And so he gave them one and for the next 500 years their history was mainly miserable and full of drama. They wanted to be like the other nations, and so they became like the other nations, and it wasn’t the swell thing they thought it would be. But of course God made good come of it. One of the second king’s direct descendants was the Messiah, Jesus.
But there is a fourth way we can respond to unanswered prayers: mature faith rather than immature faith. Mature faith means two things: first it means that we are humble enough to remember that even at the best we have no realistic idea what it would mean to get what we want; second it means trusting that God really does love us and will never deny us anything that is truly good for us. Don’t give up. Don’t get whiny. Don’t try to make it happen on your own. Admit you are something of a fool and trust his wisdom.
It is all very well to say this but it is hard to do. For myself I once had the opportunity to get a tenure track job at a college. I really really wanted it. The alternative was being unemployed and I was so tired of not knowing how we could pay our bills. So I prayed that I would get the job. And I didn’t. Instead I got three years of part time work and constant money issues. Then I got a second chance at a full time job so I prayed again. But I didn’t get that one either. Instead I had a full year of unemployment. It has been fifteen years and I begin to see how it was best that I didn’t get those jobs. I wasn’t suited to that work, I would have been unhappy with the committee work and the other duties, and I would never have had the opportunity to write – which I love doing. I didn’t get what I wanted, which was a regular paycheck, but I did end up getting my heart’s desire.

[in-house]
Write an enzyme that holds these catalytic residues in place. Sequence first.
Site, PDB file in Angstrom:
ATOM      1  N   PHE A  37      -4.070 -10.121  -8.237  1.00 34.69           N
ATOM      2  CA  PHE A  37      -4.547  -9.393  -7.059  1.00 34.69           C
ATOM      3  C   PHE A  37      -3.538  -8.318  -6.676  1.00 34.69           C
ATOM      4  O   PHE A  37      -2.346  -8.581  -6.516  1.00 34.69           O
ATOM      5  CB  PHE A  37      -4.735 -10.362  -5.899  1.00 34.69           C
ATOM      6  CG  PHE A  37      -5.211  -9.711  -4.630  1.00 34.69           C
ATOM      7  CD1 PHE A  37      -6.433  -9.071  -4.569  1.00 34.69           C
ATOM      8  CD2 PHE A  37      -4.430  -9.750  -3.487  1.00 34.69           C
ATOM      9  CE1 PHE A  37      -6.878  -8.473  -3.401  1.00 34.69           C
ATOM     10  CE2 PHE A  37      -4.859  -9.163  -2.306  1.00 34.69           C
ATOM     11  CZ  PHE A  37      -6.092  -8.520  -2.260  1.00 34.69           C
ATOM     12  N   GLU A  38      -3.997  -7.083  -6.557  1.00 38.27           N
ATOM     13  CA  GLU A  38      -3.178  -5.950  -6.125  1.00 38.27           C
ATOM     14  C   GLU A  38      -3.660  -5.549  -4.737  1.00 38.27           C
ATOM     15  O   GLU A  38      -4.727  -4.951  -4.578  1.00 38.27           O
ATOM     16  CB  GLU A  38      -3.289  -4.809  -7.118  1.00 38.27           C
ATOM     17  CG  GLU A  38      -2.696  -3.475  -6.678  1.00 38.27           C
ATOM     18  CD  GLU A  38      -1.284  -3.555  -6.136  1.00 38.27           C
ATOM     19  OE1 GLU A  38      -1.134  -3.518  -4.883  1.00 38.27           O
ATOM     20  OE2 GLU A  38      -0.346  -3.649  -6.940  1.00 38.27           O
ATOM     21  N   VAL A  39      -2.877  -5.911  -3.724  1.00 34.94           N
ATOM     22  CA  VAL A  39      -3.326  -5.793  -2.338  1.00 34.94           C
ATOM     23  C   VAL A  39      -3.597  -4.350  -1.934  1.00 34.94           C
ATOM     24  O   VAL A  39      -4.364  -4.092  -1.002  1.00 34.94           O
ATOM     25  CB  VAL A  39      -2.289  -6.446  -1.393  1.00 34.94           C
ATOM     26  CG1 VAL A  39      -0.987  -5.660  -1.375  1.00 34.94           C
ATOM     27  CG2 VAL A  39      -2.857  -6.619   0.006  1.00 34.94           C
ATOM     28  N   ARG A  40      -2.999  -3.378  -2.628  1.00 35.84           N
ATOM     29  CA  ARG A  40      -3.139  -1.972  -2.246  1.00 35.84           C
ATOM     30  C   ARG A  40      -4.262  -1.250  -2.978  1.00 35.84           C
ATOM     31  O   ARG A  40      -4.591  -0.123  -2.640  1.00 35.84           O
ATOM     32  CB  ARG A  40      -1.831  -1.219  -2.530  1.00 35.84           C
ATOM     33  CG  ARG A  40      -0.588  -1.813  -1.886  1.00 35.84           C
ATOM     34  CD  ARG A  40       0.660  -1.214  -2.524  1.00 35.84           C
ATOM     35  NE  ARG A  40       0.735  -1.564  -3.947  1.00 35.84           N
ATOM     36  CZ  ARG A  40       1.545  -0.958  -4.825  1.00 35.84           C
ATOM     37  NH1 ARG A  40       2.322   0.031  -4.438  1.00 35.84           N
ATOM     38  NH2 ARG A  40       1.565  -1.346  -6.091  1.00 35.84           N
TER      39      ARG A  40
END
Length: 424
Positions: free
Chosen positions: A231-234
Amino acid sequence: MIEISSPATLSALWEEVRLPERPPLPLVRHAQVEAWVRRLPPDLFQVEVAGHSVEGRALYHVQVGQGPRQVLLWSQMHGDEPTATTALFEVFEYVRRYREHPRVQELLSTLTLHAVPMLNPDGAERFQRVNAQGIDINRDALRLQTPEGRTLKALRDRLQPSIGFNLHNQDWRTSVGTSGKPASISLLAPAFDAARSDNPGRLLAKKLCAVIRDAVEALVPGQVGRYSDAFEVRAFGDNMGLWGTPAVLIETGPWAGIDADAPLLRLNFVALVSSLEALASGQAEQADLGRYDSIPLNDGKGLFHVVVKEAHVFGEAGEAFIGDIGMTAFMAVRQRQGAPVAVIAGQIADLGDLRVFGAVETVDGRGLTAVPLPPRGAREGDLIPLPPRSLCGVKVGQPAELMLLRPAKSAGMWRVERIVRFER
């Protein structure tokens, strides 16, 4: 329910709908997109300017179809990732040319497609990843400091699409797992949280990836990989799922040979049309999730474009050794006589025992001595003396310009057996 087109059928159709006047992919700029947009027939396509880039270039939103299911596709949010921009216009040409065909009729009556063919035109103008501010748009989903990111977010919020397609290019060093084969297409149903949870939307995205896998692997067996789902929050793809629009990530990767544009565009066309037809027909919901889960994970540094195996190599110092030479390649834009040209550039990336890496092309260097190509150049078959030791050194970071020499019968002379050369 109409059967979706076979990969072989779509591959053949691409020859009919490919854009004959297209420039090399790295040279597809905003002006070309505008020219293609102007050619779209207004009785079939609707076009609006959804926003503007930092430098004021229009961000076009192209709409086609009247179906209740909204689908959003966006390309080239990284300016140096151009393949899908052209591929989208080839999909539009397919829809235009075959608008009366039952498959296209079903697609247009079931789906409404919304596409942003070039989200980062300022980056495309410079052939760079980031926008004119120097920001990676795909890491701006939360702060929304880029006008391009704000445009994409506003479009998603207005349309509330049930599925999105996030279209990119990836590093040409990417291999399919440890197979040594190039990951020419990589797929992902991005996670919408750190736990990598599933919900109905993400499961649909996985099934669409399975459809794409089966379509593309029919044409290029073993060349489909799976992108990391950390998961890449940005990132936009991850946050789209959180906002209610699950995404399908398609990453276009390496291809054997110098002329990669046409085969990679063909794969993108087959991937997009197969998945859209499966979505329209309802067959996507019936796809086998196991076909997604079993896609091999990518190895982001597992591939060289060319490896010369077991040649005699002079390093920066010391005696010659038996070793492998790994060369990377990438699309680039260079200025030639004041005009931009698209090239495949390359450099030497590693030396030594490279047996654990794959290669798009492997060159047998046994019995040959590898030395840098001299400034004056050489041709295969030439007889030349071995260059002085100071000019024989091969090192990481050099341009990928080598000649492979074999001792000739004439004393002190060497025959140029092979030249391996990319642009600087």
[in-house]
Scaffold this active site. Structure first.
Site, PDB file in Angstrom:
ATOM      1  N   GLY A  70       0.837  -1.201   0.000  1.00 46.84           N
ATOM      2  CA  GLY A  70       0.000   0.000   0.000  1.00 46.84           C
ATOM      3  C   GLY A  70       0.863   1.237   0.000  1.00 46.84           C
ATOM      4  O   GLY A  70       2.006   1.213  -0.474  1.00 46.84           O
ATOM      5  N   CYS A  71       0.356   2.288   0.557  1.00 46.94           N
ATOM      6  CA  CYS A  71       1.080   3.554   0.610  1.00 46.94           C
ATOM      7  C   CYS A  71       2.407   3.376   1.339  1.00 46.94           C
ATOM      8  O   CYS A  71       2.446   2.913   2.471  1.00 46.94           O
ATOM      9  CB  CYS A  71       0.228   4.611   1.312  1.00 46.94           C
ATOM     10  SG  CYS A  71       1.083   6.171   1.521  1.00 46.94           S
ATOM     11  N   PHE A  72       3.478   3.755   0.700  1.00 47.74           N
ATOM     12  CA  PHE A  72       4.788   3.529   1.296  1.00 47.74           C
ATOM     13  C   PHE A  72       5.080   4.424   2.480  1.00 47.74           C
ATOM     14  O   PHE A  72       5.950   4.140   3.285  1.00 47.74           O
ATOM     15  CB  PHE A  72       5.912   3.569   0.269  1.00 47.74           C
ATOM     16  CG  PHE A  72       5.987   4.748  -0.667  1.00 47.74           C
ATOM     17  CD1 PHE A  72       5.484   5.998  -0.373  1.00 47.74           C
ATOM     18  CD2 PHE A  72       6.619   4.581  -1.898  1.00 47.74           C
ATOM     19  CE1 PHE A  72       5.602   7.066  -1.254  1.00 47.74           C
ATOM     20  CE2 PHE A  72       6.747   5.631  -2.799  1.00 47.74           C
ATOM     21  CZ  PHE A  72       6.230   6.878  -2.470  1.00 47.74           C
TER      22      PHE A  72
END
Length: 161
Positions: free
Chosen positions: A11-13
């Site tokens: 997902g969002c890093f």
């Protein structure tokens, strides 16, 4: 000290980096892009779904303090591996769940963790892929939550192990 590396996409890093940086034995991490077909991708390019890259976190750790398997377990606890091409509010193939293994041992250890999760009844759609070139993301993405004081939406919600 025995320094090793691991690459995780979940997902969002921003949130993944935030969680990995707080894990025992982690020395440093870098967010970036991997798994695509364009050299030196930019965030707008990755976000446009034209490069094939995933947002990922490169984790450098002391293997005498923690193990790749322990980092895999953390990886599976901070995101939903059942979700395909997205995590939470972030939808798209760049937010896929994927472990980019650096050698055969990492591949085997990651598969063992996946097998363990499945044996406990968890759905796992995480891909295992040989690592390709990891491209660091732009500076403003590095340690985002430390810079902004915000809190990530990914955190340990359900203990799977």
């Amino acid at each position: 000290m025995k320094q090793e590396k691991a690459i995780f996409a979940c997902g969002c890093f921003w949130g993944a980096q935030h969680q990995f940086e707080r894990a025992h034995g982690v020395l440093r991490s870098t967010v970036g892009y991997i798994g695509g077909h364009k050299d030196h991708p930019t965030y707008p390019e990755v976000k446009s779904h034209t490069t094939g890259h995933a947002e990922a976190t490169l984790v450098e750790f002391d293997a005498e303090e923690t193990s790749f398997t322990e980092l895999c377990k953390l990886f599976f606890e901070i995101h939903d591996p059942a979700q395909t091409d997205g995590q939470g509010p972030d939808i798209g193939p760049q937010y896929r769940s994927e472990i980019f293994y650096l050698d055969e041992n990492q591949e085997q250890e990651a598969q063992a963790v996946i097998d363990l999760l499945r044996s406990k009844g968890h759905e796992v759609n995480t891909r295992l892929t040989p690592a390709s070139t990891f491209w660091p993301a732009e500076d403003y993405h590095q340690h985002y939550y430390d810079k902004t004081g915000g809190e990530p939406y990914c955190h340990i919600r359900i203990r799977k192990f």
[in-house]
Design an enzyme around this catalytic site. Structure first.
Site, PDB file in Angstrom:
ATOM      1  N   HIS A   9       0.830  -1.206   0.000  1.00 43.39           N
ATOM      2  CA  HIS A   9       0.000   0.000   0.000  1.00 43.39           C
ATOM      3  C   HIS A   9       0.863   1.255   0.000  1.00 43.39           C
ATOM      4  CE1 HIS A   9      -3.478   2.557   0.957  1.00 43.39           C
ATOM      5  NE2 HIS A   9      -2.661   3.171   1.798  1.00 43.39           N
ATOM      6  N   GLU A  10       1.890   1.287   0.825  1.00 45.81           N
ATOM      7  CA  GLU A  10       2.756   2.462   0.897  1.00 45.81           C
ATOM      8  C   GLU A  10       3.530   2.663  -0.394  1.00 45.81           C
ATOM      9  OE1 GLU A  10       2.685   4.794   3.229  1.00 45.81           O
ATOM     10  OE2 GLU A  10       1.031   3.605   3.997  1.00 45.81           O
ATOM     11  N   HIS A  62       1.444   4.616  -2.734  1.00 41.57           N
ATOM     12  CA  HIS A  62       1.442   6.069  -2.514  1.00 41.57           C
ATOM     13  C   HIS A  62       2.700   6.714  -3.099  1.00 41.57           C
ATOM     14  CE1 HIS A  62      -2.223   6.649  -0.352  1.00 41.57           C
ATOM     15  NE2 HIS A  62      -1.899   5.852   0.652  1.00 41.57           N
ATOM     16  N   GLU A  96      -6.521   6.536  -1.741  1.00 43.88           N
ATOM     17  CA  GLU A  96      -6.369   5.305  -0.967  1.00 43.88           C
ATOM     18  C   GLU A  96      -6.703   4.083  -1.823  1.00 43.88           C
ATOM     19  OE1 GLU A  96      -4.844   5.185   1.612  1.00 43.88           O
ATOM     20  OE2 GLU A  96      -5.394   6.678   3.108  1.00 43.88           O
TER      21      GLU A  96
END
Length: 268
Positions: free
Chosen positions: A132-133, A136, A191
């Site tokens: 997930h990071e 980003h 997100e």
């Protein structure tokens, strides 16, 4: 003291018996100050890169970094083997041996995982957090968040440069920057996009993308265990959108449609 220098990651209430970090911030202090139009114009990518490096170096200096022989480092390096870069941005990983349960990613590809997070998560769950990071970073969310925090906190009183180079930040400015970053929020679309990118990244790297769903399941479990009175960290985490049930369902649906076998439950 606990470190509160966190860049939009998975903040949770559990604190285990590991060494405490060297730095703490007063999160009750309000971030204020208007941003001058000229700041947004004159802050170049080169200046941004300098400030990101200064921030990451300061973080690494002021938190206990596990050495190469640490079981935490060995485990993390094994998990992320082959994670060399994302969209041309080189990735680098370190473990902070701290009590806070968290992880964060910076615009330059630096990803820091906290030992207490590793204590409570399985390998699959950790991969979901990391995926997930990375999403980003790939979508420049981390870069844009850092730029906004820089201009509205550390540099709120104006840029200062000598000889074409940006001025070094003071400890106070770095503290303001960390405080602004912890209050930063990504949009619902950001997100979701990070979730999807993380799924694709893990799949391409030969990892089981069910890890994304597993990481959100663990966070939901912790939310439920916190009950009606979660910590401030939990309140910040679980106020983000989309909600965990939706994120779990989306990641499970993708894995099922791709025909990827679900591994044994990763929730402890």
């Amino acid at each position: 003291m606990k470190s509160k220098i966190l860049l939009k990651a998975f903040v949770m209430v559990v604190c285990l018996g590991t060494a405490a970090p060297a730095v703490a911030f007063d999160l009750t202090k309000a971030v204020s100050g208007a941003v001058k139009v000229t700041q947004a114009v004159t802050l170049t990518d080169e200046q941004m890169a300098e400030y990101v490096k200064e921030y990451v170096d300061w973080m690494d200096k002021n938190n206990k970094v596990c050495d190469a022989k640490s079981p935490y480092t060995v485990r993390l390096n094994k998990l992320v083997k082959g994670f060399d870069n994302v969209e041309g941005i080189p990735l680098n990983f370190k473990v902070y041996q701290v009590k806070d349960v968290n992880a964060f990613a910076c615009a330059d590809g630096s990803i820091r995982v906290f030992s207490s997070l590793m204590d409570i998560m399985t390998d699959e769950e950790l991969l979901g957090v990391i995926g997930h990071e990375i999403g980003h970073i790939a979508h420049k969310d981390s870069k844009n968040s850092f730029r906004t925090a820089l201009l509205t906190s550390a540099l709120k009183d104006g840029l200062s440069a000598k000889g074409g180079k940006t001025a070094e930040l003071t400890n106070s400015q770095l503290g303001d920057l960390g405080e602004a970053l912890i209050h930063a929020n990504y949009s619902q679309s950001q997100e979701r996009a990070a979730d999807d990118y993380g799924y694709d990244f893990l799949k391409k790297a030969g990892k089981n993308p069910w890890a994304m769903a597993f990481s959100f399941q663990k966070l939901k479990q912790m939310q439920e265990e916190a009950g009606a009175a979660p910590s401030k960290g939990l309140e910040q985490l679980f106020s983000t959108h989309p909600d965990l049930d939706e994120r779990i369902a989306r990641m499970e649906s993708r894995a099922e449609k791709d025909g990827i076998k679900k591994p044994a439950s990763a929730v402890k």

As that great theologian, Mick Jagger, once said, “You can’t always get what you want.” There are things right now that I really really want and God is not giving them to me so far. It is a constant temptation to be whiny and complain. It is a constant temptation to try to take things into my own hands and make God give me what I want. It is hard for me and it will probably be hard for you, especially if you are praying for healing or some other rescue from pain. You will be frustrated, you will find yourself getting discourage and even depressed. The right thing to do is this: don’t give up asking; don’t be whiny; don’t try to make things happen like you want them to; but do be mature in your faith; remember how big a fool you really are, and hold on to your trust in God’s goodness and kindness to you. He promises you the desires of your heart and he means it. Like the mother in the story, he wants to give you everything. And eventually he will.
I believe one of the most important verses in the whole Bible is Psalm 27:14, “Wait for the Lord. Be strong and let your heart take courage. Yes, wait patiently for the Lord.” I admit sometimes I don’t like it much either, but it is what loving children do for the parents they trust, and it is what mature Christians do for God. So this week, go out, be strong, be courageous, and wait patiently.
We have an excellent prayer in the prayer book that you should use to help you along. It is the prayer of St. Chrysostom found on page 102 and I’d like us to end by saying it together.